Northern Ireland's political leaders have expressed their sympathies following the death of the Duke of Edinburgh.
Prince Philip, the Queen's consort of more than 70 years, passed away at Windsor Castle on Friday aged 99, Buckingham Palace announced.
In a joint statement issued on behalf of the Stormont Executive, First Minister Arlene Foster and deputy First Minister Michelle O'Neill offered their condolences.
DUP leader Mrs Foster said: "I am deeply saddened by the news of the death of His Royal Highness the Duke of Edinburgh.
"It is a sadness that I know will shared by countless others in Northern Ireland and right across the world."
The First Minister added: "Prince Philip was widely respected for his active and dedicated service to the country and for his steadfast support to Her Majesty the Queen throughout her reign.
"He had a strong interest in Northern Ireland and I had the privilege of meeting him on a number of his many visits here."
Mrs Foster also noted the "profound and positive impact" on thousands of young people who participated in the Duke of Edinburgh Award scheme.
“This inspirational programme is just one example of the many charities and voluntary organisations in which he was involved in right up to his retirement from public service at the age of 96," she said.
“I offer my deepest sympathies and condolences to Her Majesty the Queen and to the other members of the royal family at this sad time."
Sinn Féin's Michelle O’Neill said: “I wish to extend my sincere condolences to Queen Elizabeth and her family on the death of her husband Prince Phillip.
“Over the past two decades there have been significant interventions by the British Royal family to assist in the building of relationships between Britain and Ireland.
“It is appropriate that this contribution to the advancement of peace and reconciliation is rightly recognised."
She added: “To all those of a unionist tradition and of British identity - those who value and cherish the Royal family - I wish to acknowledge the sense of loss felt."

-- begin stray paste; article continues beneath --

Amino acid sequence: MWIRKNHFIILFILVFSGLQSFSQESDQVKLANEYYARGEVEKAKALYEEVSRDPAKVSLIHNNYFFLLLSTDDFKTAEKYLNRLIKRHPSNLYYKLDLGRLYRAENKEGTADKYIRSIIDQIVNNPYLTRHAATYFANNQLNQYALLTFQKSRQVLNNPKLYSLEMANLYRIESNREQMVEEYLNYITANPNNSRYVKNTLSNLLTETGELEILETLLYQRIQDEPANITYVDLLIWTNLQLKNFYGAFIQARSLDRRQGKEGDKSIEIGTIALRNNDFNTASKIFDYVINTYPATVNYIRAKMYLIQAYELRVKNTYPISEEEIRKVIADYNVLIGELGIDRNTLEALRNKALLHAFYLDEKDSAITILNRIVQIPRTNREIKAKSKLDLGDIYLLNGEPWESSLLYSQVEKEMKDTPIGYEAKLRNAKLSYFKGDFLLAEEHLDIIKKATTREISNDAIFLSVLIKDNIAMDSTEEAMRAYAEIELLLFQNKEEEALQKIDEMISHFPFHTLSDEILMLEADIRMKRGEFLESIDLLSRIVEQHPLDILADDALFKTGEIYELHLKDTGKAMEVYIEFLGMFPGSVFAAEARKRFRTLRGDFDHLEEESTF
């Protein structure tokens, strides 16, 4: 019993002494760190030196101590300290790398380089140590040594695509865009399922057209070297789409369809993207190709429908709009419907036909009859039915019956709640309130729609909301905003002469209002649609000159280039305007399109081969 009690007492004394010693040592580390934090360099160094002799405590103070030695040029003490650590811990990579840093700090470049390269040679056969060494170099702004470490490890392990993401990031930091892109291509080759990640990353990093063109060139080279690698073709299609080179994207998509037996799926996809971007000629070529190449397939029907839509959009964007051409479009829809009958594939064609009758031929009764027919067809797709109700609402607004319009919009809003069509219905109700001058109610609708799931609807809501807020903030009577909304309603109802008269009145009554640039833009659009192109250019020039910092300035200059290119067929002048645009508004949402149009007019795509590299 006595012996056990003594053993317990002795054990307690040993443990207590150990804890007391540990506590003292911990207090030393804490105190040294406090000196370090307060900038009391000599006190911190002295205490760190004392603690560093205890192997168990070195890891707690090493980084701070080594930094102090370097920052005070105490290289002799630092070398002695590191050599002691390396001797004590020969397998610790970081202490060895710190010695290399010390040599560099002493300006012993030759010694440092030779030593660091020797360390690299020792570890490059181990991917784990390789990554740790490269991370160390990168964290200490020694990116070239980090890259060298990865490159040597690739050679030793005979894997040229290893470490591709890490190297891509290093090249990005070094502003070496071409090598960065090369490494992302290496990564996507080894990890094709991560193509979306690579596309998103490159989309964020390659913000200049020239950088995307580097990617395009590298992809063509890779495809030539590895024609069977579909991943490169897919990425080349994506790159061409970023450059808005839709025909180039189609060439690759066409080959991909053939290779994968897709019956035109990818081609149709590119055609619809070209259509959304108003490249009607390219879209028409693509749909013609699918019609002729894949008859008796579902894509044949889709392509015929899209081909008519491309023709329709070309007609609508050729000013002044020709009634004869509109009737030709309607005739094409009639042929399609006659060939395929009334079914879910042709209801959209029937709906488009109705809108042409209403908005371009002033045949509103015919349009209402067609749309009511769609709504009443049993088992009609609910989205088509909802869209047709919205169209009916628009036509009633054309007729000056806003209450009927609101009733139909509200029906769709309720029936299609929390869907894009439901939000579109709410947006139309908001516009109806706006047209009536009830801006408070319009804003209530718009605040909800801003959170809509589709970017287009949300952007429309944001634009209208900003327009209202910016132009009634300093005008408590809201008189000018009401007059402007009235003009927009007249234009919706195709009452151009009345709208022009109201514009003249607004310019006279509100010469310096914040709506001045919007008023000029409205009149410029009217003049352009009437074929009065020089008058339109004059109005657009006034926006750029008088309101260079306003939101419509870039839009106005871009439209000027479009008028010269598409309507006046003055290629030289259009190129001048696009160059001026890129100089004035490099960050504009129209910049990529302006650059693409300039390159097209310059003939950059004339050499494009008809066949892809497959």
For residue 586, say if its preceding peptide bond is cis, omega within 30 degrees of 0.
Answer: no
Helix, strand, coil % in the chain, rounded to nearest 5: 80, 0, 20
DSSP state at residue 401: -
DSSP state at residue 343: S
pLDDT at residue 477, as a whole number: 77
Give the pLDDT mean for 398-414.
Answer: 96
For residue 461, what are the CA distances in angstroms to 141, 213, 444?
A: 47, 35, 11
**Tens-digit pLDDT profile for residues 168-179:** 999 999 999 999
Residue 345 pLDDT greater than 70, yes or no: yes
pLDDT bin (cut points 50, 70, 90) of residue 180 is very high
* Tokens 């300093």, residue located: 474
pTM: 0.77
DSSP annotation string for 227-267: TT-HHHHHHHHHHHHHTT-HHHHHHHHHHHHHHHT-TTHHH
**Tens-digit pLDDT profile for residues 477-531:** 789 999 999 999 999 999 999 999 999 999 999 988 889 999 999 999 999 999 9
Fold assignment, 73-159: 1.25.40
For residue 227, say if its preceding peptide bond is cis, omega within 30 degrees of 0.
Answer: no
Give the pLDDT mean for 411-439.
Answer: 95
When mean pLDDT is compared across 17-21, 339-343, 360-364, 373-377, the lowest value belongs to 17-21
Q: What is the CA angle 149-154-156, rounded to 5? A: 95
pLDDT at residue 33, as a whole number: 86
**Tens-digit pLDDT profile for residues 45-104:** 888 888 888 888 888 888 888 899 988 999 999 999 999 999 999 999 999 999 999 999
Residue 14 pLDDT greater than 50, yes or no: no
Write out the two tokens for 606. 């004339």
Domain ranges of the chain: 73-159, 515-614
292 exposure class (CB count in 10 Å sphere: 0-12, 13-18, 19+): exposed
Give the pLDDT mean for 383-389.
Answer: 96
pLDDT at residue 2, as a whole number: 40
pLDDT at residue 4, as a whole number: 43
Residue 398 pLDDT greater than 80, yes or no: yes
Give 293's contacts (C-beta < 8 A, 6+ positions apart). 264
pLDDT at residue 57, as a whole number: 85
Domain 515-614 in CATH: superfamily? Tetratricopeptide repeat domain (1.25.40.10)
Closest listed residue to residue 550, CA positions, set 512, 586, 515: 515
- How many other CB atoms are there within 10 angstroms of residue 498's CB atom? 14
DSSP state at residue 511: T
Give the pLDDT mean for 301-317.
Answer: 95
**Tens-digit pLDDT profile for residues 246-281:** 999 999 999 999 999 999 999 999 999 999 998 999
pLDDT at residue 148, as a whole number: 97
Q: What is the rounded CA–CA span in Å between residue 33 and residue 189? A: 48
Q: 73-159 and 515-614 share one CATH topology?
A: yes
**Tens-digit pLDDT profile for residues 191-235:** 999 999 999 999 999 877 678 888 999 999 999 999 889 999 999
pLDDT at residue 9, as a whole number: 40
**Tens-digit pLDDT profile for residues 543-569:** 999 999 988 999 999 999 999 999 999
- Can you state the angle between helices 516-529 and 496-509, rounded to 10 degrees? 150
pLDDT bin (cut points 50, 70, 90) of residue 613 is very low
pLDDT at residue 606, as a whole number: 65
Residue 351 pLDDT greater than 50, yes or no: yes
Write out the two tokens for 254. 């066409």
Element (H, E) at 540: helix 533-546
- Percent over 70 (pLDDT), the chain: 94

Speaker of the Northern Ireland Assembly Alex Maskey also expressed sympathies.
“I am very sorry to learn of the passing of the Duke of Edinburgh after a long and full record of public service,” he said.
“While many in the community will be saddened by the news of his death and will reflect on a life well lived, I am most mindful today that a family is in mourning and, on behalf of the Northern Ireland Assembly, I express my sympathy to Her Majesty Queen Elizabeth and the rest of the Royal Family on the loss of a husband, father, grandfather and great grandfather.”
He added: “I will be liaising with the Assembly Commission and Party Whips to put arrangements in place for the formal expression of condolences at the Assembly and Parliament Buildings.”
UUP leader Steve Aiken described the passing of the Duke of Edinburgh as an "extremely sad day in the life of our nation which will be reflected in Northern Ireland".
He added: "Prince Philip will be fondly remembered as someone who dedicated his life to service and was a constant companion by the side of Her Majesty The Queen.
"He will be sadly missed."
SDLP leader Colum Eastwood said: “My sympathies are with Queen Elizabeth and her family today following the death of a loved husband, father and grandfather.
"This is an immensely difficult time for them, compounded by the restrictions which have made saying goodbye so difficult for people and families across our islands.
“I also send my sincere condolences to people in communities across Northern Ireland who feel a special connection and affinity with Prince Phillip and the royal family."
Taoiseach Micheál Martin has also expressed his sadness at Prince Philip's passing.
"Our thoughts and prayers are with Queen Elizabeth and the people of the United Kingdom at this time," he added.